Given the myriad array of Medicare systems and processes, implementation of the FPS was a challenging task. It is notable that CMS was able to bring the FPS system up so quickly and well in advance of the statutory timeline in spite of having to navigate the complexity of the Medicare program. However, if the system truly holds the potential that CMS asserts it does, demonstrating the effectiveness of the system should also be a top priority. In fact, CMS rhetorically seems to agree with this. In an announcement earlier this year, CMS said that “reversing the traditional pay-and-chase approach to program integrity is the main goal of the National Fraud Prevention Program (NFPP).”
Despite this rhetorical commitment, CMS has not been fully transparent regarding what progress the agency is making in implementing the system and how successful the efforts of the system have been to date. In hearings, meetings, and public letters over the past several months, our offices have repeatedly pressed CMS for a set of specific metrics and timelines for the implementation of the FPS and the metrics for measuring its performance, including the agency’s view on “what determines success.” The responses have been polite, but vague and largely qualitative. This is concerning, because the old adage is true: “one cannot manage what one cannot measure.”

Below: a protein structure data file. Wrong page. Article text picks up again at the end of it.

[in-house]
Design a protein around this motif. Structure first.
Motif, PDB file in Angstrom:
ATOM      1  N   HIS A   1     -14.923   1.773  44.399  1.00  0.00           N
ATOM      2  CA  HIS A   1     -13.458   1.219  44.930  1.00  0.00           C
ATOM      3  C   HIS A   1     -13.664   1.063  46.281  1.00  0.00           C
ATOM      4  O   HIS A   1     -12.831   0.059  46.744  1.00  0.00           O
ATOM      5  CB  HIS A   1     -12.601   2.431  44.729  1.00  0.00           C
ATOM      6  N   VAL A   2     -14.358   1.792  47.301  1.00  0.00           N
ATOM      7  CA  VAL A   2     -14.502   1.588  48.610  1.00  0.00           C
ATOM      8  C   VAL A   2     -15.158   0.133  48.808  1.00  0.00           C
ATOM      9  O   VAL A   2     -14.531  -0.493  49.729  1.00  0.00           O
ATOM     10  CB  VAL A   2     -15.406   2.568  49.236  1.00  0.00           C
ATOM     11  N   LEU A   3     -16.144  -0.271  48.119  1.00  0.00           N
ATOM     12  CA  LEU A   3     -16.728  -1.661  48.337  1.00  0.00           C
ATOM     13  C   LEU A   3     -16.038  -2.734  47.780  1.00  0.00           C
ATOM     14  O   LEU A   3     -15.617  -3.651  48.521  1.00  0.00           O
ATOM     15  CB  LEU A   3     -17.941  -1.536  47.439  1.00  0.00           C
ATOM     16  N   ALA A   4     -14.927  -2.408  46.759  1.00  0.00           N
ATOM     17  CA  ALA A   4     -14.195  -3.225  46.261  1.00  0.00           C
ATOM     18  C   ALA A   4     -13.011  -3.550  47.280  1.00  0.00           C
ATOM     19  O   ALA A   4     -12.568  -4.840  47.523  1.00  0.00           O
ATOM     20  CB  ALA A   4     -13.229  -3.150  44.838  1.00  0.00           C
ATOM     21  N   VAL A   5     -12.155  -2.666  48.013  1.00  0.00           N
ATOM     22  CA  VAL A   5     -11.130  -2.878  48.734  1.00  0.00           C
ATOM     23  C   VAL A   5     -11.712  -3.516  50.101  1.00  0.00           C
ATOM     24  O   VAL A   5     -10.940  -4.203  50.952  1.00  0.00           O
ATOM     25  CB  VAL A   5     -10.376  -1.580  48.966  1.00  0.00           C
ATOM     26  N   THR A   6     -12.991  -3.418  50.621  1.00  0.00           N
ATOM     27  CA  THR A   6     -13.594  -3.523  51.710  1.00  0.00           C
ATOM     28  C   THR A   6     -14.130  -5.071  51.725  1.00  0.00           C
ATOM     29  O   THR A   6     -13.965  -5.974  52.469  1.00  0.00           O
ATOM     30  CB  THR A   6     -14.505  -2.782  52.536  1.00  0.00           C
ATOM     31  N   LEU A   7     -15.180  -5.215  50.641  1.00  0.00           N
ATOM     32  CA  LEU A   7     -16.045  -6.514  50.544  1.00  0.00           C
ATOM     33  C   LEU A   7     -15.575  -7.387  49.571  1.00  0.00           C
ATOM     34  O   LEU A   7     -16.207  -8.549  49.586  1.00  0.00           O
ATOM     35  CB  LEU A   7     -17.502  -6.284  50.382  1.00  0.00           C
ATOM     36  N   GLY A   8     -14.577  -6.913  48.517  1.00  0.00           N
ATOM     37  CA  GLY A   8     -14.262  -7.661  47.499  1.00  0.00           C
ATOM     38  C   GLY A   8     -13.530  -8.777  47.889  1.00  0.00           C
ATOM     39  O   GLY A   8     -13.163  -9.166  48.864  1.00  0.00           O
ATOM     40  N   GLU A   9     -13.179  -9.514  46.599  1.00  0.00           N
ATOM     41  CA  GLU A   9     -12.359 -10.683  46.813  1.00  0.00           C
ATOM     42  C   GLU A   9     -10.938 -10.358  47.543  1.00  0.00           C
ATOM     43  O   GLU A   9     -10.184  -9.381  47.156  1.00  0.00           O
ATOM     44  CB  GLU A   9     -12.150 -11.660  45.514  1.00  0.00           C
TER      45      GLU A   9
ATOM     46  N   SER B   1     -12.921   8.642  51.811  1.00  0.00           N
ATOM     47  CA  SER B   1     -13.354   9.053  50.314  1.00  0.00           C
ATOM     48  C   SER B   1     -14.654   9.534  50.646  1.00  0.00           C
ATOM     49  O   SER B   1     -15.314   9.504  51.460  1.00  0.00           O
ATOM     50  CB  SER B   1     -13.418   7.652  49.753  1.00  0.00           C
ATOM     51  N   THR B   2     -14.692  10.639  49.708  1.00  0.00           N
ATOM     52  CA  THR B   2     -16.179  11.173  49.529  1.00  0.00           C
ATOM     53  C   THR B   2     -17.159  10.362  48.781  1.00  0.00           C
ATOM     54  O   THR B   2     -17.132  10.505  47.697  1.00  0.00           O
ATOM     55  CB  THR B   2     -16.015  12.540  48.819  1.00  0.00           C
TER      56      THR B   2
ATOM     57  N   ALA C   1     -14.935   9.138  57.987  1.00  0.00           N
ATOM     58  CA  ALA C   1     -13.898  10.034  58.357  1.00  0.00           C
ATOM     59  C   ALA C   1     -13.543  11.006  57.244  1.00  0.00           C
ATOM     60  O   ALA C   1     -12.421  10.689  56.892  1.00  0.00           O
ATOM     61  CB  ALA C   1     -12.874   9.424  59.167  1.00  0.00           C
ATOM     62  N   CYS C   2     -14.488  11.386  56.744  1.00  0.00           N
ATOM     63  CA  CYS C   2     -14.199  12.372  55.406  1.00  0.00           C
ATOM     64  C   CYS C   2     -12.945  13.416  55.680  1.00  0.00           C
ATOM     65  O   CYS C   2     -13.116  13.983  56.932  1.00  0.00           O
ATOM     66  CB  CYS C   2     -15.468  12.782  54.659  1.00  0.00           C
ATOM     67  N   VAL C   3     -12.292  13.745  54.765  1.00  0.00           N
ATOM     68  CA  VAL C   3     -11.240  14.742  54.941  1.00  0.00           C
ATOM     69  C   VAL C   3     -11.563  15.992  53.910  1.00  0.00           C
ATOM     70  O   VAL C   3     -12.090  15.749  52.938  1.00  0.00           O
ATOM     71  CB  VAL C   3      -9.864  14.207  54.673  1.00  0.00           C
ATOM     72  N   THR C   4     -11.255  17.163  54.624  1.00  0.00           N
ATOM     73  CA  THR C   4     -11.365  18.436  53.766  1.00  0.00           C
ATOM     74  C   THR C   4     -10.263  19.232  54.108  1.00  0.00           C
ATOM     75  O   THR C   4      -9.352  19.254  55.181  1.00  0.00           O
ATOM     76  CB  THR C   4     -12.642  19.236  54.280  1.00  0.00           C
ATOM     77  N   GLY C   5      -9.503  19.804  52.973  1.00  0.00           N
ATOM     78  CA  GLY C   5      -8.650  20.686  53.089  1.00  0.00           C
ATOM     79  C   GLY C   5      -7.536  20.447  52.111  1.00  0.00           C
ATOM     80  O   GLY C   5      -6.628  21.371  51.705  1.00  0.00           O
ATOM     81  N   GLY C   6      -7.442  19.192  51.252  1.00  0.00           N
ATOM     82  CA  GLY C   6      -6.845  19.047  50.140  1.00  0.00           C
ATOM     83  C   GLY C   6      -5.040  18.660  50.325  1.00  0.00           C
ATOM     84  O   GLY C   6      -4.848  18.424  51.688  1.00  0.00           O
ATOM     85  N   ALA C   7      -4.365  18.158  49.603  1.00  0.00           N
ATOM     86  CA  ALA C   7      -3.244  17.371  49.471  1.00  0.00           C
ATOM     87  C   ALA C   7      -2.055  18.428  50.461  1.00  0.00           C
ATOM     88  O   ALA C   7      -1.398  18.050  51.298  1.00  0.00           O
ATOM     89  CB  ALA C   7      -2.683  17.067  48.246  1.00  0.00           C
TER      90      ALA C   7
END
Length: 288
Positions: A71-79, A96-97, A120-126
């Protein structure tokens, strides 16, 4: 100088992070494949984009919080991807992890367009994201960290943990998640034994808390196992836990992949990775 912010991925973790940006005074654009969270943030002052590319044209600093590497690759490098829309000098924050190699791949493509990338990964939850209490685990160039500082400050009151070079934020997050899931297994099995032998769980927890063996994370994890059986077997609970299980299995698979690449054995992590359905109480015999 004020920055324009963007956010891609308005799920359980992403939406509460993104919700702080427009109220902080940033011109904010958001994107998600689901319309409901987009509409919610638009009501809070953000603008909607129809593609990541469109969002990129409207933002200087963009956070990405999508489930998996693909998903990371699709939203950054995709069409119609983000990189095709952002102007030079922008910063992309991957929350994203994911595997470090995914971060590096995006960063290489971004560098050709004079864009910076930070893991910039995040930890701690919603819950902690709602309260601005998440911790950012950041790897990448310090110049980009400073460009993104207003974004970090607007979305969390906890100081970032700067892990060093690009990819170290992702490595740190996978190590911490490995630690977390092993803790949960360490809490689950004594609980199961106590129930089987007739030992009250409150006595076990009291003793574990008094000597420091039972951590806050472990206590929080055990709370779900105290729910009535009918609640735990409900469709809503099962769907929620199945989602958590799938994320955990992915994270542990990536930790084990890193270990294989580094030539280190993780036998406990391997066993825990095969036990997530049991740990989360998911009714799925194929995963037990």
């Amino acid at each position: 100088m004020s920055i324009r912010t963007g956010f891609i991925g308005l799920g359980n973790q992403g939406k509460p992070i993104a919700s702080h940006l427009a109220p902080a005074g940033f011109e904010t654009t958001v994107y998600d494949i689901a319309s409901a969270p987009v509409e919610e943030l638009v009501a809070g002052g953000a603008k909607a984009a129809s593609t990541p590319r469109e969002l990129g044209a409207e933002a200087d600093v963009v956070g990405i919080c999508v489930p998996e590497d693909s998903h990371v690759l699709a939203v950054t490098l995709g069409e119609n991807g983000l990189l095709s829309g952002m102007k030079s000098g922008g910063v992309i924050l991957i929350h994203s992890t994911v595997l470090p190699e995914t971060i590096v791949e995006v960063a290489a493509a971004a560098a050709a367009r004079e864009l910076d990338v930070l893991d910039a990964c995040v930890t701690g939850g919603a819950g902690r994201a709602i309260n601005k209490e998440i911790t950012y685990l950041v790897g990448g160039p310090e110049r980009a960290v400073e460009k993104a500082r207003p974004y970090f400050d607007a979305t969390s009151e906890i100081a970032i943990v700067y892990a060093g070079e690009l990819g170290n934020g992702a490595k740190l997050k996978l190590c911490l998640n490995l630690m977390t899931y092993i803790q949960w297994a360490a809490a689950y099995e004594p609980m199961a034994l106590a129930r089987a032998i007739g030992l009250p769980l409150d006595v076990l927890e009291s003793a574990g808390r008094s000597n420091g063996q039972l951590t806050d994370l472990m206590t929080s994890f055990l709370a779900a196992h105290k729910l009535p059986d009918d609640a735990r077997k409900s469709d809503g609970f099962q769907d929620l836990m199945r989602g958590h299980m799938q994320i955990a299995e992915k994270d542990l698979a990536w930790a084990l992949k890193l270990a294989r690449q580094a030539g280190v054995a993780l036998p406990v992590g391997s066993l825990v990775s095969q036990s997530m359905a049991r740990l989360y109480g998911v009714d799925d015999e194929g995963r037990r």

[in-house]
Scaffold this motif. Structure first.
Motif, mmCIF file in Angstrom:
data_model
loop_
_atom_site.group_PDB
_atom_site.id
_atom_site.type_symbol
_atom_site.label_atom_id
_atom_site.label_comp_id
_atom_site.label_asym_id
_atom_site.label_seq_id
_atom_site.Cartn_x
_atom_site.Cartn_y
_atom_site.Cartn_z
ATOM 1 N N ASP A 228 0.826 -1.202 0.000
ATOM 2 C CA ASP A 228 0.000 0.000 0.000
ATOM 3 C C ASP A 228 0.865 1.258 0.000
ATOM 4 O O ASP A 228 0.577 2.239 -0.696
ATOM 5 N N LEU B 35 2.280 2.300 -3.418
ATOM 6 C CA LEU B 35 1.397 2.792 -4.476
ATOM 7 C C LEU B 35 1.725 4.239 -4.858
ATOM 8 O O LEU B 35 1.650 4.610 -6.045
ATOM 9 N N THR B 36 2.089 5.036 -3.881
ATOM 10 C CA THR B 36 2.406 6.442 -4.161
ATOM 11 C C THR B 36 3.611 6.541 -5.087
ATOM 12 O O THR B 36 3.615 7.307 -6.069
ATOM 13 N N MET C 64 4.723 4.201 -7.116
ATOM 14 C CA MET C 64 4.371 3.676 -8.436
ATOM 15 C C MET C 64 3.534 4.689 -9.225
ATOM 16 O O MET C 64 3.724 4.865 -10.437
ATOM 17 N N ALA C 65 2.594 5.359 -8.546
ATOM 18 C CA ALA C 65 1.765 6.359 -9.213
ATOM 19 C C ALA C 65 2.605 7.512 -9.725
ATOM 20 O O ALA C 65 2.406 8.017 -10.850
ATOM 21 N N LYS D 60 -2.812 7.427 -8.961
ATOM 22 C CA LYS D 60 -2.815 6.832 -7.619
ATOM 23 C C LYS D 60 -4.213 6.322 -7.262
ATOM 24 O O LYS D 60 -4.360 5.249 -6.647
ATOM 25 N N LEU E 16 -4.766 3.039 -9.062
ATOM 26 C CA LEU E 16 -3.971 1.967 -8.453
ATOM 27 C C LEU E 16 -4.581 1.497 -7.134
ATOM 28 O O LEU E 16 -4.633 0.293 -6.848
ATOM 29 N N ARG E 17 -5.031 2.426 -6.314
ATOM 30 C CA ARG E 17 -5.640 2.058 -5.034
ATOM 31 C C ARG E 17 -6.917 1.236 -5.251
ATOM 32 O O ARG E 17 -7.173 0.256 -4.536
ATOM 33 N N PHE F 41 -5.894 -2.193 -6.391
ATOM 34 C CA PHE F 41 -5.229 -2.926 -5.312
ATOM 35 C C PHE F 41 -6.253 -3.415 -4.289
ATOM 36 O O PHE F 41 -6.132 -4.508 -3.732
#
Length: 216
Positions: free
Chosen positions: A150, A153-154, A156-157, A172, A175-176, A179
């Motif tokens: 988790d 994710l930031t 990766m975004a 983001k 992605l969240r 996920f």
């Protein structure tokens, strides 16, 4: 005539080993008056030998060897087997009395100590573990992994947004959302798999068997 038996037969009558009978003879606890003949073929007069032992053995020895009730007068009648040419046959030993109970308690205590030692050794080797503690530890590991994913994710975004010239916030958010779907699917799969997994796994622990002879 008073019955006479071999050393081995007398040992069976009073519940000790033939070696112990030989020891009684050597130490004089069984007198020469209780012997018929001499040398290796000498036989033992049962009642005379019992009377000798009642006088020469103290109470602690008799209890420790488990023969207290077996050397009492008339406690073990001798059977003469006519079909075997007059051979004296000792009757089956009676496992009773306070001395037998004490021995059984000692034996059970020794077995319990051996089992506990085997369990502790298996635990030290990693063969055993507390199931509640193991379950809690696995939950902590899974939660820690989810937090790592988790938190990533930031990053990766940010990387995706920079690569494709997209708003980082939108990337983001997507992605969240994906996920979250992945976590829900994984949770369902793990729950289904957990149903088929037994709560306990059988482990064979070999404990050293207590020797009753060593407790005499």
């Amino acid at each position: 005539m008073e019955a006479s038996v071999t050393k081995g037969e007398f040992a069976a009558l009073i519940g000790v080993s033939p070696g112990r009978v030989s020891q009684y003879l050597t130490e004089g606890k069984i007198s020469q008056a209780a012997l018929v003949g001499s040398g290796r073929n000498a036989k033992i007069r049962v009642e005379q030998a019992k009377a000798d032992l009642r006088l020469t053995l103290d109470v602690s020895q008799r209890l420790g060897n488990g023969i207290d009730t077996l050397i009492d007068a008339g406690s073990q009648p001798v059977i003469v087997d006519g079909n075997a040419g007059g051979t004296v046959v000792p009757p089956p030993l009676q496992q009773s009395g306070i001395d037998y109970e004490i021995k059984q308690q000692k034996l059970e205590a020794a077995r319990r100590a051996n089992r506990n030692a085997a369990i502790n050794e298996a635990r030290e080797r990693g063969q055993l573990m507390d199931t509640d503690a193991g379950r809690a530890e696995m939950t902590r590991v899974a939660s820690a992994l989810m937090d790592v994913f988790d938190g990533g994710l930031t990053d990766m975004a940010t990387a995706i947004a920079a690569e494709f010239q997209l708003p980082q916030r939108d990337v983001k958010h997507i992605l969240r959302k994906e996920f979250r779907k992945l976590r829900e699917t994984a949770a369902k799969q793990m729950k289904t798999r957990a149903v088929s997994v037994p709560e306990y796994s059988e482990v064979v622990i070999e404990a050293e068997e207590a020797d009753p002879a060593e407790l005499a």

Without a specific set of performance goals for the FPS and a detailed implementation timeline, Congress has no systemic measures by which to evaluate the program’s implementation, and is forced to rely on impressionistic anecdotes and unnuanced claims from the Administration. As Senators who want to see this predictive analytics effort succeed, the lack of specificity regarding metrics for success is disappointing.
Targeting Claims for Review
CMS should improve how it currently targets claims for pre-payment review. While in one sense, it is understandable that CMS has undertaken implementation of the FPS with some caution (it is not in anyone’s interest for CMS to take enforcement actions based on conclusions from misleading or incomplete data), yet in another sense, graduation caution should eventually yield to robust operations.